A child does not have to be totally deaf to be hearing impaired, although deafness is certainly a hearing impairment. Hearing difficulties can vary from a partial to a complete hearing loss and from permanent damage to a correctable condition. Some children are born with hearing damage and others develop the loss later, perhaps by overexposure to loud noise.
A child can suffer from hearing loss when she has a problem with her ears or if her ears are damaged. If your child was born with a hearing loss, she has a congenital loss. This is the most common birth defect. If she loses her hearing during childhood, she has an acquired loss, which can happen suddenly or gradually.
The two types of hearing impairment refer to which part of the ear is affected. If the problem lies with the outer or middle ear, such as a blockage or a structural problem, your child won’t hear sound properly. In many cases, doctors can treat this condition, called conductive hearing loss, with medications or surgery, according to the World Health Organization. If the problem lies with the inner ear or with the auditory nerve, your child will have trouble hearing sound and understanding speech. This type of loss, called sensorineural hearing loss, is usually permanent. Doctors may be able to treat sensorineural hearing loss with hearing aids or with a cochlear implant, according to KidsHealth.
Causes of Conductive Loss
An ear infection, called otitis media, is the most common cause of conductive hearing loss. A buildup of fluid and/or pus behind the eardrum can block sound, causing your child to have difficulty hearing for weeks and sometimes months. But after the infection clears up, your child should be able to hear normally again. Wax buildup or other types of blockages can also cause a temporary hearing problem. Conductive hearing loss can also occur from putting a hole in the eardrum, perhaps from sticking a cotton swab too far in the ear. A sudden loud noise, repeated ear infections or a head injury can also damage the ear, causing hearing loss.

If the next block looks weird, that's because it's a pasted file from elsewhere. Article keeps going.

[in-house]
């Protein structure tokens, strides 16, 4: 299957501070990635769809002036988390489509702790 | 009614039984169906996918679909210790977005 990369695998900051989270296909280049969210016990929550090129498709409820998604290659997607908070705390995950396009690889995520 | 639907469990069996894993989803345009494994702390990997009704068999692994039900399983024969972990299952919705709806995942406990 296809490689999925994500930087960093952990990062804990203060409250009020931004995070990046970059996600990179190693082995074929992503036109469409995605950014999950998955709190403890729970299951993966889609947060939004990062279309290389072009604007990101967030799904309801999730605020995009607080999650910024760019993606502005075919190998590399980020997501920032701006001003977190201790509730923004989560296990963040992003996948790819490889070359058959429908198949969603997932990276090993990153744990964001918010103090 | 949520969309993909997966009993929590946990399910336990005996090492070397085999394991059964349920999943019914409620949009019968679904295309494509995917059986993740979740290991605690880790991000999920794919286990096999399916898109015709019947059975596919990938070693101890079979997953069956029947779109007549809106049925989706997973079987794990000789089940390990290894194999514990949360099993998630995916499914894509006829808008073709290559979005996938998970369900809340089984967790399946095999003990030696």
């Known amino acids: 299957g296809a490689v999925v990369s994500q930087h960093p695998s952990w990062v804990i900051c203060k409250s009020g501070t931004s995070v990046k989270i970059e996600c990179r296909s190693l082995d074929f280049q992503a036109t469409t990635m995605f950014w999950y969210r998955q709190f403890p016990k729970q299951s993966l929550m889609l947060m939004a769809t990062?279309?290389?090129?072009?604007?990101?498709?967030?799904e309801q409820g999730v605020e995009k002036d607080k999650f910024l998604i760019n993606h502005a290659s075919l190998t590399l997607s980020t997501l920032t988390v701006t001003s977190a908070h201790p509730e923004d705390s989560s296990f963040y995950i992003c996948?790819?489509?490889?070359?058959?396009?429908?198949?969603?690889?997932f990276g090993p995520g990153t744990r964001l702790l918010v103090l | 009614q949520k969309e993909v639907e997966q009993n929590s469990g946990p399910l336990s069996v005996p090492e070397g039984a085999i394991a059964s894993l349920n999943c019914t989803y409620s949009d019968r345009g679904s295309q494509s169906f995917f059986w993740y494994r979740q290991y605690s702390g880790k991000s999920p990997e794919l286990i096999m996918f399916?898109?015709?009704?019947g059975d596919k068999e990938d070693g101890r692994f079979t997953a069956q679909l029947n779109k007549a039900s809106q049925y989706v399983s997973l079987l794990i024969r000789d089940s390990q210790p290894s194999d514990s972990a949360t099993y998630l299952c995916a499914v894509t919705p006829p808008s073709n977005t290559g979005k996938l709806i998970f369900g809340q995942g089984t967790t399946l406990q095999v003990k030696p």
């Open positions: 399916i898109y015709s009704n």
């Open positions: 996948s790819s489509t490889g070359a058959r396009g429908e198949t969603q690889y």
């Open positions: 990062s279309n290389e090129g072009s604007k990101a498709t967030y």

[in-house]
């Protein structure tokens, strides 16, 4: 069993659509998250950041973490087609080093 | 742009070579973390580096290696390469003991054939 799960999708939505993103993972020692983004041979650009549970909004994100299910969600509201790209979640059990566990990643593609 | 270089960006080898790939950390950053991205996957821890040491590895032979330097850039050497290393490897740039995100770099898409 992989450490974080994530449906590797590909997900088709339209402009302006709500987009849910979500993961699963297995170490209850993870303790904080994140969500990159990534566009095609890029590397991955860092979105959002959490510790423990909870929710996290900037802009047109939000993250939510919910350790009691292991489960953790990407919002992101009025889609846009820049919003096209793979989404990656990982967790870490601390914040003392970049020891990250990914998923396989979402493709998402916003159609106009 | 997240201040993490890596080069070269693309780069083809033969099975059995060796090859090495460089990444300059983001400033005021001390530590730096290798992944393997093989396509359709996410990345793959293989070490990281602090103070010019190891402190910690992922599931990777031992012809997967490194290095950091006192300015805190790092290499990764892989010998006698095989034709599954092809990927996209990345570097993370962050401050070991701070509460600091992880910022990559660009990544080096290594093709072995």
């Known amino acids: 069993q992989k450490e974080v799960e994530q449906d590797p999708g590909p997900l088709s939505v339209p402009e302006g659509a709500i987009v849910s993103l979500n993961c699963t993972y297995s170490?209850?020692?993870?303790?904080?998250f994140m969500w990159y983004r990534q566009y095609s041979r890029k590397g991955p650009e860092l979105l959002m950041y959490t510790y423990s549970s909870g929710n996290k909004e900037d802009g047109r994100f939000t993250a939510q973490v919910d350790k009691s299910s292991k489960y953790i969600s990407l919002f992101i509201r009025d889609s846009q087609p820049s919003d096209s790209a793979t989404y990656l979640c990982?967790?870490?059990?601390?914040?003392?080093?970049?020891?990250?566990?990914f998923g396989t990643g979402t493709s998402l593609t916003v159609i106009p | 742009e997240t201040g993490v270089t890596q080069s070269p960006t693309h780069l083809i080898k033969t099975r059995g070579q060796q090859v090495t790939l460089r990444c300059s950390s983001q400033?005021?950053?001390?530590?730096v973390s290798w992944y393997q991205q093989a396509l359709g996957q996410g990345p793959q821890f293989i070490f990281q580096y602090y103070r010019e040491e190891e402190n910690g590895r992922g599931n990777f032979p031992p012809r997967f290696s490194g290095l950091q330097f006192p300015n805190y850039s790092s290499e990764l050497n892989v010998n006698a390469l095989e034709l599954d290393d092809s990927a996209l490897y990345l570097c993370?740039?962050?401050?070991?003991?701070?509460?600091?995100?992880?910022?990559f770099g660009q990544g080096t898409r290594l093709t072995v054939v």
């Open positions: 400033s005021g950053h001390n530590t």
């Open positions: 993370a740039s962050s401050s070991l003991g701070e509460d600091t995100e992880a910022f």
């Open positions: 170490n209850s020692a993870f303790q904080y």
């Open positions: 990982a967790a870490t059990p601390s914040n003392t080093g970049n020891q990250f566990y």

Causes of Sensorineural Loss
Sensorineural loss can occur for many reasons. Your child may have inherited the disorder, suffered a skull fracture or acquired the hearing loss from an infection you had during pregnancy, according to the World Health Organization. The inner ear can also suffer damage from repeated ear infections, measles, mumps, chickenpox and brain tumors. Some medications or chemotherapy drugs can cause hearing loss. Constant exposure to loud noise can cause permanent damage to the inner ear, as can a sudden loud noise.
Take your baby to the doctor for a hearing test if he doesn’t respond to your voice or to loud noises. Have your older child take a hearing test if he tells you that he can only hear parts of conversations; he often asks people to repeat themselves; he often has to ask his friends what the teacher said; or, if he plays the TV too loudly. The doctor or an audiologist can detect the problem.
The World Health Organization offers this advice to help prevent your child from sensorineural hearing impairment: Immunize her for measles, mumps, rubella and meningitis; get yourself immunized for rubella, and treat syphilis and other infections before you get pregnant. It further advises parents to treat a jaundiced baby because jaundice can damage a newborn’s hearing nerve. Finally, teach your child not to listen to her personal music player too loudly. According to KidsHealth, music players are the number one culprit for noise-induced hearing loss in kids.